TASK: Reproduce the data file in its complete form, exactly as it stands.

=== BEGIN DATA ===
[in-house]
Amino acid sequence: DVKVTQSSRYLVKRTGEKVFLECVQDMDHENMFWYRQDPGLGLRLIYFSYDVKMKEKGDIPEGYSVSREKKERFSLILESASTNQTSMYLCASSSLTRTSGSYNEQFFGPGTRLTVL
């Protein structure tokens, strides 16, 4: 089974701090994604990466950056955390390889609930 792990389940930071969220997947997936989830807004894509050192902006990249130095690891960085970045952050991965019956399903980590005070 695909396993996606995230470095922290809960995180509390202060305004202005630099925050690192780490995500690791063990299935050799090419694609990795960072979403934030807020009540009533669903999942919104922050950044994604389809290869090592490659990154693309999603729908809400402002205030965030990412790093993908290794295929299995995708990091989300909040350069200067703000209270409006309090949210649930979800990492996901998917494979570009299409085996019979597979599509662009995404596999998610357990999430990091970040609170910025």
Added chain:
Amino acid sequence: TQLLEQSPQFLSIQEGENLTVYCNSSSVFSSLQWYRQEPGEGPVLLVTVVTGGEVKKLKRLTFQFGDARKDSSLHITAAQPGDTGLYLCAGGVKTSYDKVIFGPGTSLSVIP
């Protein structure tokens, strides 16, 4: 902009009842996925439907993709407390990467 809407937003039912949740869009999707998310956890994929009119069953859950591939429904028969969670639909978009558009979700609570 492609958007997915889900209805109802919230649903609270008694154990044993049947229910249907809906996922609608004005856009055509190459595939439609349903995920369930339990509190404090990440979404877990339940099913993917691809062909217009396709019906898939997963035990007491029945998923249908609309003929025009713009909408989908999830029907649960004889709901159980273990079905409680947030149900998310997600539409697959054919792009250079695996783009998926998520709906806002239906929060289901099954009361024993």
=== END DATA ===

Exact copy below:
[in-house]
Amino acid sequence: DVKVTQSSRYLVKRTGEKVFLECVQDMDHENMFWYRQDPGLGLRLIYFSYDVKMKEKGDIPEGYSVSREKKERFSLILESASTNQTSMYLCASSSLTRTSGSYNEQFFGPGTRLTVL
């Protein structure tokens, strides 16, 4: 089974701090994604990466950056955390390889609930 792990389940930071969220997947997936989830807004894509050192902006990249130095690891960085970045952050991965019956399903980590005070 695909396993996606995230470095922290809960995180509390202060305004202005630099925050690192780490995500690791063990299935050799090419694609990795960072979403934030807020009540009533669903999942919104922050950044994604389809290869090592490659990154693309999603729908809400402002205030965030990412790093993908290794295929299995995708990091989300909040350069200067703000209270409006309090949210649930979800990492996901998917494979570009299409085996019979597979599509662009995404596999998610357990999430990091970040609170910025």
Added chain:
Amino acid sequence: TQLLEQSPQFLSIQEGENLTVYCNSSSVFSSLQWYRQEPGEGPVLLVTVVTGGEVKKLKRLTFQFGDARKDSSLHITAAQPGDTGLYLCAGGVKTSYDKVIFGPGTSLSVIP
């Protein structure tokens, strides 16, 4: 902009009842996925439907993709407390990467 809407937003039912949740869009999707998310956890994929009119069953859950591939429904028969969670639909978009558009979700609570 492609958007997915889900209805109802919230649903609270008694154990044993049947229910249907809906996922609608004005856009055509190459595939439609349903995920369930339990509190404090990440979404877990339940099913993917691809062909217009396709019906898939997963035990007491029945998923249908609309003929025009713009909408989908999830029907649960004889709901159980273990079905409680947030149900998310997600539409697959054919792009250079695996783009998926998520709906806002239906929060289901099954009361024993």